Leading Australian roof tile manufacturer Bristile Roofing conducted an experimental study to disprove the common misconception about the porous and water penetrable properties of concrete roof tiles.
Bristile Roofing’s investigation into the permeability of concrete roof tiles has yielded important results for homeowners and the building industry by shedding light on this long held myth.
To determine whether water could penetrate concrete roof tiles, a test was set up to measure permeability to a higher standard than that set out in Australian Standard AS 4046.5-2002 Methods of testing roof tiles - Determination of Permeability.
The study used a ‘clean skin’ tile without any applied surface coating, which was secured approximately 10cm from the base of a purpose made steel tank, with the edges sealed using silicone to ensure water tightness. Water was then poured on top of the tile and left for 48 hours, a significantly longer period than the six hours required by the Standard.
Following the test, the underside of the tile was observed to determine if there had been any water penetration. It was confirmed that there was none.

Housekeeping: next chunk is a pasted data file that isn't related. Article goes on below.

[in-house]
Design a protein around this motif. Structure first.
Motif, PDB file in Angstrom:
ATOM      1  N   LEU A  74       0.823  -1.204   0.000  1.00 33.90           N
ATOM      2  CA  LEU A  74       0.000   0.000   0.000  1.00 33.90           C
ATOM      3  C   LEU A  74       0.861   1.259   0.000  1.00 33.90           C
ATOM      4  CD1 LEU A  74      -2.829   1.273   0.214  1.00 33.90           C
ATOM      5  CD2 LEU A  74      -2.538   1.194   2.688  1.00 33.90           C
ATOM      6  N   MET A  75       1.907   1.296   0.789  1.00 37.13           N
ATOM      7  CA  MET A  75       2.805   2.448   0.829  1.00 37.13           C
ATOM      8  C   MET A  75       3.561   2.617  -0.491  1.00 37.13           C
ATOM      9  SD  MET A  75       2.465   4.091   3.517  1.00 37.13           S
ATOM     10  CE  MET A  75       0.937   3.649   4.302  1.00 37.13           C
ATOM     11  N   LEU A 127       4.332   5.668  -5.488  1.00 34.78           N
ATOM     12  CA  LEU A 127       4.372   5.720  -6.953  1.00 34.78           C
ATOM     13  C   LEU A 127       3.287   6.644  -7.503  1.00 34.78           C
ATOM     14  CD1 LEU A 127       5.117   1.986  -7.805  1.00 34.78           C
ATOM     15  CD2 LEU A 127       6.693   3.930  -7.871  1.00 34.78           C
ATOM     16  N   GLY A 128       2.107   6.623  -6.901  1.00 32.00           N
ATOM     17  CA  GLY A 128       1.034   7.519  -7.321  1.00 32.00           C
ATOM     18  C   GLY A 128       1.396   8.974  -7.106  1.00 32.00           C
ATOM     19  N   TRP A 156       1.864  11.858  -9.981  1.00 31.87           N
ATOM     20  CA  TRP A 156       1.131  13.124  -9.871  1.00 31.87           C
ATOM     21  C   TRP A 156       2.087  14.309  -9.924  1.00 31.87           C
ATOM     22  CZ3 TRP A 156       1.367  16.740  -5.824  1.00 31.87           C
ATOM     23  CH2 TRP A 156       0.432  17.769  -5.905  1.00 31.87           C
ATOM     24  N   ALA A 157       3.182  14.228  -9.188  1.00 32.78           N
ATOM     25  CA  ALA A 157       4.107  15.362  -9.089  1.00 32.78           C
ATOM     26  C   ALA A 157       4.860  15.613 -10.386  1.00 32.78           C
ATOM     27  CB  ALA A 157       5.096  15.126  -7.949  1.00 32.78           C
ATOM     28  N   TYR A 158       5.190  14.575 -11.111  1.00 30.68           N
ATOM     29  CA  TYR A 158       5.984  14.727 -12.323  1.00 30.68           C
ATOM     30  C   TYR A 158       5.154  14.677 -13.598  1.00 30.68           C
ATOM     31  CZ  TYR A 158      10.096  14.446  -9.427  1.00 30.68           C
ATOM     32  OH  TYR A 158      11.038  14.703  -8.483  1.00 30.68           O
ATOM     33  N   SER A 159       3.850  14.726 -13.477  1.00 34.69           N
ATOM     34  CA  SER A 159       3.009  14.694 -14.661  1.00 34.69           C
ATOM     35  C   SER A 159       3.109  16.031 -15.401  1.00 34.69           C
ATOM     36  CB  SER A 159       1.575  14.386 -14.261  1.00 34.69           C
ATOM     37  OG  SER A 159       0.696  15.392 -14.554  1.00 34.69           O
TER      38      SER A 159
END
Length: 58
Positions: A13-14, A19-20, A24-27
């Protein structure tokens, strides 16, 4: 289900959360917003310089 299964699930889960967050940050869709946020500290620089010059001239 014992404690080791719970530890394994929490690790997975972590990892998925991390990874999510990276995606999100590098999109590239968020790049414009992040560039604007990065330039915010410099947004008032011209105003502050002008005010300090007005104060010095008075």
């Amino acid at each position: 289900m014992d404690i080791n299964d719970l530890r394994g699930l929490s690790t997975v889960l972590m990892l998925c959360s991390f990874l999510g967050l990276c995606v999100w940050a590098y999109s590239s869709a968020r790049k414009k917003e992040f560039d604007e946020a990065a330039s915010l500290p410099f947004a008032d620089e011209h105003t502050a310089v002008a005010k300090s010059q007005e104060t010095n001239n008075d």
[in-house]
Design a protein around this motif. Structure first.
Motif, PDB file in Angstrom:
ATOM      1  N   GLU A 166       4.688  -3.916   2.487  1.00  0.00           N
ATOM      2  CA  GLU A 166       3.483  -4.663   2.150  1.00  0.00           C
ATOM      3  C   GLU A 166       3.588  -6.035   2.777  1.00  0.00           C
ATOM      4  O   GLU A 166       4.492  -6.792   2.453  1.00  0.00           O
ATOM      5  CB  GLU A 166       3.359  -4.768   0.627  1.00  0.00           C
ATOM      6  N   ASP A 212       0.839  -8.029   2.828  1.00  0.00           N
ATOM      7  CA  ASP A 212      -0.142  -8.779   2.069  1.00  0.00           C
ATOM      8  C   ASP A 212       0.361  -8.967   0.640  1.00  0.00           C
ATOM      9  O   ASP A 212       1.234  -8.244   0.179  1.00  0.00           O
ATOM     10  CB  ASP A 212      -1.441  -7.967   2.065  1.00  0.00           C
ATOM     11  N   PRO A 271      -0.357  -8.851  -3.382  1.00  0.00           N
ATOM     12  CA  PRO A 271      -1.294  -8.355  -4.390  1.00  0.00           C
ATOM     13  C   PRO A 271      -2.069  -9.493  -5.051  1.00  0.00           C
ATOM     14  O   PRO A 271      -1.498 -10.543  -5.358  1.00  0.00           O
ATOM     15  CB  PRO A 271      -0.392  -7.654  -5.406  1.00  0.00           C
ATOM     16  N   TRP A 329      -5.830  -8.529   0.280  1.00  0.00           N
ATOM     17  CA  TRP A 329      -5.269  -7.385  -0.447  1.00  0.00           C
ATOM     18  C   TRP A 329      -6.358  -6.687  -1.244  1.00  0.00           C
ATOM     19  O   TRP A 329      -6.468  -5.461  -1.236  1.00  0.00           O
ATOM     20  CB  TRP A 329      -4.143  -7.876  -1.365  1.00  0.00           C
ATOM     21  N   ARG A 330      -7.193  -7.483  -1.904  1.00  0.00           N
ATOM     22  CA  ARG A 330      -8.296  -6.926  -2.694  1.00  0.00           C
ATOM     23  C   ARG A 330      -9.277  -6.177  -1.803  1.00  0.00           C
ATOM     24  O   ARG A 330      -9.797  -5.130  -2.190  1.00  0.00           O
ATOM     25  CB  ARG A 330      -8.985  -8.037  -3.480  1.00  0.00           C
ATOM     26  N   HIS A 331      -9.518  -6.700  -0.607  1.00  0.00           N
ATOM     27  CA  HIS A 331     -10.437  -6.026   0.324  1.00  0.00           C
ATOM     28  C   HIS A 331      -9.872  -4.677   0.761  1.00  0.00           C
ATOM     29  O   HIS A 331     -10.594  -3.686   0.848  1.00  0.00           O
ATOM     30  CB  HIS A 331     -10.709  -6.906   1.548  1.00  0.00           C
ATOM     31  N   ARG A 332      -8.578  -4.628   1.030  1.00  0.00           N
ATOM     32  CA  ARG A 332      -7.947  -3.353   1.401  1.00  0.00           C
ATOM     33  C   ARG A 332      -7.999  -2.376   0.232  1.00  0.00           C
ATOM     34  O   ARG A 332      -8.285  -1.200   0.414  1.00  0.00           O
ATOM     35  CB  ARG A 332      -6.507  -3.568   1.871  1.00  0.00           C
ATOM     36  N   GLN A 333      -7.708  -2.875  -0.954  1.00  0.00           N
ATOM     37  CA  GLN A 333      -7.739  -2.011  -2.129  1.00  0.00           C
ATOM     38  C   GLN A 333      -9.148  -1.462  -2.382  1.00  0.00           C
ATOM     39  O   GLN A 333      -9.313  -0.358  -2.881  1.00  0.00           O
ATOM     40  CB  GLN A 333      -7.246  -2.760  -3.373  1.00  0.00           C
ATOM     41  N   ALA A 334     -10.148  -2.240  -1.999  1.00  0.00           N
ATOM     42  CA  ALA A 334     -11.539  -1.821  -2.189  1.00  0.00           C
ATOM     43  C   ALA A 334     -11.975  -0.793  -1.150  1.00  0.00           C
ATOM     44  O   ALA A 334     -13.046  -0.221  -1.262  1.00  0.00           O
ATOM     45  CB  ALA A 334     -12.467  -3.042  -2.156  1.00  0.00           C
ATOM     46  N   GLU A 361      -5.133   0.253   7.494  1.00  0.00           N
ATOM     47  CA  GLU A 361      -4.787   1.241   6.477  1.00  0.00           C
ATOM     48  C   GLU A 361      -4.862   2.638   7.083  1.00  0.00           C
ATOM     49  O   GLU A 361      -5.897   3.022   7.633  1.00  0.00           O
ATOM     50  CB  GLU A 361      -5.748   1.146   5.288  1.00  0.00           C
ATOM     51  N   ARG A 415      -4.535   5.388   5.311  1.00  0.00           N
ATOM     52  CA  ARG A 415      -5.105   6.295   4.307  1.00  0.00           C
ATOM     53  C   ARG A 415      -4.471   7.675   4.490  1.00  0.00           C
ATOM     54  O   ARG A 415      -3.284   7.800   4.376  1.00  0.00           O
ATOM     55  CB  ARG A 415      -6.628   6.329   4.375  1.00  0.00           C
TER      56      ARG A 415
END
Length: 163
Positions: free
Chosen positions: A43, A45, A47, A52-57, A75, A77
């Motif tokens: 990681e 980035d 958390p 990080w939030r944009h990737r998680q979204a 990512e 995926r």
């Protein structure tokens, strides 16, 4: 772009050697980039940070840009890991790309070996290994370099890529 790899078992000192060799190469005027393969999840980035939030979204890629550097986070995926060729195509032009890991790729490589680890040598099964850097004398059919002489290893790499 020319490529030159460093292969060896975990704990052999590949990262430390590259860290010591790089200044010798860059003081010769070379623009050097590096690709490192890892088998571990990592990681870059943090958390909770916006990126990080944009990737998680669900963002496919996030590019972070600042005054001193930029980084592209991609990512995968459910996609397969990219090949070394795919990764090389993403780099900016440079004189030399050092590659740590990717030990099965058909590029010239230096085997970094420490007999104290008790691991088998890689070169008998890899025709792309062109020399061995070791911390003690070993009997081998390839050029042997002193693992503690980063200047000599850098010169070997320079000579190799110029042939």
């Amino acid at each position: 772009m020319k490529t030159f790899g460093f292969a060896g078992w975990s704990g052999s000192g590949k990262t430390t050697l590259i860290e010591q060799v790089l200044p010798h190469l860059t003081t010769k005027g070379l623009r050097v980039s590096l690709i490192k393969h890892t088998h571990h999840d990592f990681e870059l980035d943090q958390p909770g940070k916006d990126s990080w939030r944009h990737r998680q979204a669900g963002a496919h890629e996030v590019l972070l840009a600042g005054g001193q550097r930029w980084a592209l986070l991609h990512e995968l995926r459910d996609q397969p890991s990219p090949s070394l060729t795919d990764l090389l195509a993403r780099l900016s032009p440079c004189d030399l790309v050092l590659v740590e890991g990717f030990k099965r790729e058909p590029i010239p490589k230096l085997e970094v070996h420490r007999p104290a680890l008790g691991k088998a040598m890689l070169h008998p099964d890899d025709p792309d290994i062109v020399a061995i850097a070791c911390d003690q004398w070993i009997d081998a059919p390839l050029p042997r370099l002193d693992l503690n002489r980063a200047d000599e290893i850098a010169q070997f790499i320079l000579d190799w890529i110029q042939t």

Marketing Coordinator at Bristile Roofing Mr Michael Monro comments that the study has improved their understanding of the permeability properties of concrete roof tiles and confirms that even without any colour coat or sealant, a concrete roof tile manufactured in accordance with the relevant Australian Standards is not water permeable - even in extreme conditions that are unlikely to occur naturally.
According to Mr Monro, another common fallacy surrounding roof tiles is that they absorb significant amounts of water during heavy rain, which is again not true. Tiles manufactured in accordance with the current version of AS 2049 Roof Tiles cannot absorb more than 10% of their own weight in water after total immersion in water for a period of 24 hours.
Concrete roof tiles deliver multiple benefits to homes including long-lasting durability, low maintenance requirements, and natural density that makes them ideal for both acoustic and thermal insulation. Additionally, when outside temperatures are fluctuating, the thermal mass of roof tiles reduces inside temperature extremes by absorbing thermal energy and releasing it later when the surrounding atmosphere is cooler.
Mr Monro observes that the roof is one of the largest external surfaces of a home and for this reason, understanding the properties and benefits of each roofing material is critical when re-roofing or undertaking a new build.
Following this study, Bristile Roofing hopes that consumers will be able to make a fully informed decision and that fewer will be misled by dubious claims often used to encourage homeowners to re-roof or re-colour when there is absolutely no need.